One of my favorite past-times is to look at maps of London. I have a drawer full of them and can spend hours studying London’s spaghetti junctions.
So, I was pleased to receive a copy of London Unfurled by Matteo Pericoli – a book and map hybrid view of London. The most prominent feature of this book is that it’s a sketch of both sites of the Thames river that fold out into a 37 foot map.
Yes, it’s a book that expands to 37 feet. It’s amazing. The drawing of the Thames is amazing. It’s an exploration of the varied architecture on both sides of the river and Matteo does a great job of capturing each major building.
It’s a great way to study the culture that exists between North and South London.
According to the author: “Unlike rivers that encompass Manhattan, the Thames is a gap: a uniter and a divider. Like two magnets, the riverbanks have been reheating and attracting each other forever. And the resulting energy flows between them.”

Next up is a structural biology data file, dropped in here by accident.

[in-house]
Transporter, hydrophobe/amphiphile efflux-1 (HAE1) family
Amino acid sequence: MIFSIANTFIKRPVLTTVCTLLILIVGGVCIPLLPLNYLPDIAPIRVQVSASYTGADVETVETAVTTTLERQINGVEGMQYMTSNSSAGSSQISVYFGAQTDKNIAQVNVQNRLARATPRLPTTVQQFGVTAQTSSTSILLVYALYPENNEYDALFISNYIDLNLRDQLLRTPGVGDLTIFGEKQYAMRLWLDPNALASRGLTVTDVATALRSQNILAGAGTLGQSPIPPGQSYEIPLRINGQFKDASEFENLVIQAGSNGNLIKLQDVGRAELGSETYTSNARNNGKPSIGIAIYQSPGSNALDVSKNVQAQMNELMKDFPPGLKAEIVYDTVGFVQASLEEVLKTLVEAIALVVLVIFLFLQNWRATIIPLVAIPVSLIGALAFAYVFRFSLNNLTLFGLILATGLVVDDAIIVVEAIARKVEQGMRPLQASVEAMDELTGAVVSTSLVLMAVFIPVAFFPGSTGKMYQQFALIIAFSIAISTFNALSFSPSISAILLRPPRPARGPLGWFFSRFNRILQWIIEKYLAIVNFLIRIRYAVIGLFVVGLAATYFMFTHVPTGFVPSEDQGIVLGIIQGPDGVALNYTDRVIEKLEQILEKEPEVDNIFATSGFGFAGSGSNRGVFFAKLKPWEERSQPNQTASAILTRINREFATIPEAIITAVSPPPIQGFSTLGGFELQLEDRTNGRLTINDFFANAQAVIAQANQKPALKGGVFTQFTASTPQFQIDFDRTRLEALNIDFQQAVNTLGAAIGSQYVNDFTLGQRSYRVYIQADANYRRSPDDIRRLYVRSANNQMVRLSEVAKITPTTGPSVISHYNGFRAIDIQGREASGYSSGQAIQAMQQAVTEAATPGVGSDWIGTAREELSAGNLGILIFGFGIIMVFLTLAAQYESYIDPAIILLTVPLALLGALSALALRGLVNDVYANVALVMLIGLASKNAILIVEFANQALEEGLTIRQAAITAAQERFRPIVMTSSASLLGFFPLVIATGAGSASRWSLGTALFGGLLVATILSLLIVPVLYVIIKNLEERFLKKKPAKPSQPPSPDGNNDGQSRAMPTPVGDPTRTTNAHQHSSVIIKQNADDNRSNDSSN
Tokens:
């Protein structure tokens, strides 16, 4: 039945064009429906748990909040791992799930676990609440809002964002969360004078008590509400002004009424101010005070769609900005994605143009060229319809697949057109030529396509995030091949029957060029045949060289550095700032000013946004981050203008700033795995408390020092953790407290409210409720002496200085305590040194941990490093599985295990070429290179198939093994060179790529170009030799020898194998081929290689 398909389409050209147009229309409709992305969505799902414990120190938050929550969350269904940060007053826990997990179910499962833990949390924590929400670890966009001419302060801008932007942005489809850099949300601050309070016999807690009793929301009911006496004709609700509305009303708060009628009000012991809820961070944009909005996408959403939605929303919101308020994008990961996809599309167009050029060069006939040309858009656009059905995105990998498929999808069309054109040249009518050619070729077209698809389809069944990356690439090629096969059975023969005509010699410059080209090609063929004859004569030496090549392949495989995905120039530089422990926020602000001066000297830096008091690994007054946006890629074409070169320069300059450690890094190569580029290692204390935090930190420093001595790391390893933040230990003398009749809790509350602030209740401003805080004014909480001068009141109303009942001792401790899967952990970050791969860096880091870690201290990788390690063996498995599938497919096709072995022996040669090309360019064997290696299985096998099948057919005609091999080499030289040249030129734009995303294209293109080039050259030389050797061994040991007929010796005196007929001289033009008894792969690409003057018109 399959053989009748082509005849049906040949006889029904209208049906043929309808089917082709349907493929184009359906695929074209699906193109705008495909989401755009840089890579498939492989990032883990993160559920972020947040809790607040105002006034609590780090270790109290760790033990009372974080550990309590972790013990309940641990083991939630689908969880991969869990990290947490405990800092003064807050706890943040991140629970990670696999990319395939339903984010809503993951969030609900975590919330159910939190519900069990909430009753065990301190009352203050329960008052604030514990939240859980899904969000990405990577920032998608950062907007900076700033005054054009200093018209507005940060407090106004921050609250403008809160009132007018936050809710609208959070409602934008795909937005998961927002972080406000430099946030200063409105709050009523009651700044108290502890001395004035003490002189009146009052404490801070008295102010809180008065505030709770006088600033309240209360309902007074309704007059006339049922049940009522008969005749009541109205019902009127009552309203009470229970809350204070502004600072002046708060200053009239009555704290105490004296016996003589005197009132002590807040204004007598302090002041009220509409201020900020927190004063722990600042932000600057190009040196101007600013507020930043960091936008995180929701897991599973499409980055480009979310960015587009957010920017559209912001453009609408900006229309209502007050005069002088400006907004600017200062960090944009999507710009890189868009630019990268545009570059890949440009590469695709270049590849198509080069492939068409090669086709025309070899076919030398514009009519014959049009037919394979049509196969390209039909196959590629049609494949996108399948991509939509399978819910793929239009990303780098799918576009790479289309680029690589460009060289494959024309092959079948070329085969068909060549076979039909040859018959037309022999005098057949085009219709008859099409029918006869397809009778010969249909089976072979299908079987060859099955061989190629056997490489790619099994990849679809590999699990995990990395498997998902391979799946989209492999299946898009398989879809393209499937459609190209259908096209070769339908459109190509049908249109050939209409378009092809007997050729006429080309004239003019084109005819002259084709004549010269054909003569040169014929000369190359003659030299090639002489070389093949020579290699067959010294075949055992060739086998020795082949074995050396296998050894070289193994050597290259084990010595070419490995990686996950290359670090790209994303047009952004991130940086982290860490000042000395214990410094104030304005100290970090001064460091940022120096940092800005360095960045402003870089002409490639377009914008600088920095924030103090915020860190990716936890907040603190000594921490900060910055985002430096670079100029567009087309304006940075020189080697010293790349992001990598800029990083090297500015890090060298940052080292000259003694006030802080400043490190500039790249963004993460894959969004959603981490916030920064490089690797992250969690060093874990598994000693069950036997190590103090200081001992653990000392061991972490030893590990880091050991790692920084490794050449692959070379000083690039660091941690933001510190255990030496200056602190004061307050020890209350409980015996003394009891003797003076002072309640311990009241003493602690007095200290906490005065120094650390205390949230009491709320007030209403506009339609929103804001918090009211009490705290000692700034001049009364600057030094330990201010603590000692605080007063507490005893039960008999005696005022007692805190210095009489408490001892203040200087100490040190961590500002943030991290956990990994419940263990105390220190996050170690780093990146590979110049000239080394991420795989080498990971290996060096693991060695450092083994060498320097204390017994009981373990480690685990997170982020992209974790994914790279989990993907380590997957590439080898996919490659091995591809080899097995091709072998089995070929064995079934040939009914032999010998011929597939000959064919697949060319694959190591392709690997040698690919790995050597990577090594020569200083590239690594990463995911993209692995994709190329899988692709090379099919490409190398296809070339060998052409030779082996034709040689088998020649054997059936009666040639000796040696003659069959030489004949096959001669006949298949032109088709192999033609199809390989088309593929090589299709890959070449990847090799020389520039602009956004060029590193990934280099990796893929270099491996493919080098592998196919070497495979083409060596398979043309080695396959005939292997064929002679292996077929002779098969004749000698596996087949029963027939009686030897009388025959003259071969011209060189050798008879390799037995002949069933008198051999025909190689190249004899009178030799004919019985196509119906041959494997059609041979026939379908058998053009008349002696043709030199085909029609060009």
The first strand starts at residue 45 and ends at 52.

The book comes with a handy book where Ian Sinclair and Will Self (two very famous London writers) talk about the content of the map and what it represents. Helpfully, there’s also a miniaturized version of the map the labels each building for easy identification.
My only real complaint about the book is that the map is just so huge – it’s hard to find a good way to investigate it and admire the art. You need a lot of floor space just to look at each section. And it’s not really something you can hang on the wall – you’d need a huge wall and two copies of the book because the paper is double sided (with a side of the river on each side). So, in that regard, it’s not a very practical book.
That doesn’t mean it’s not awesome. It is and will become a cherished part of our London book library.
London Unfurled is available in the USA from this month.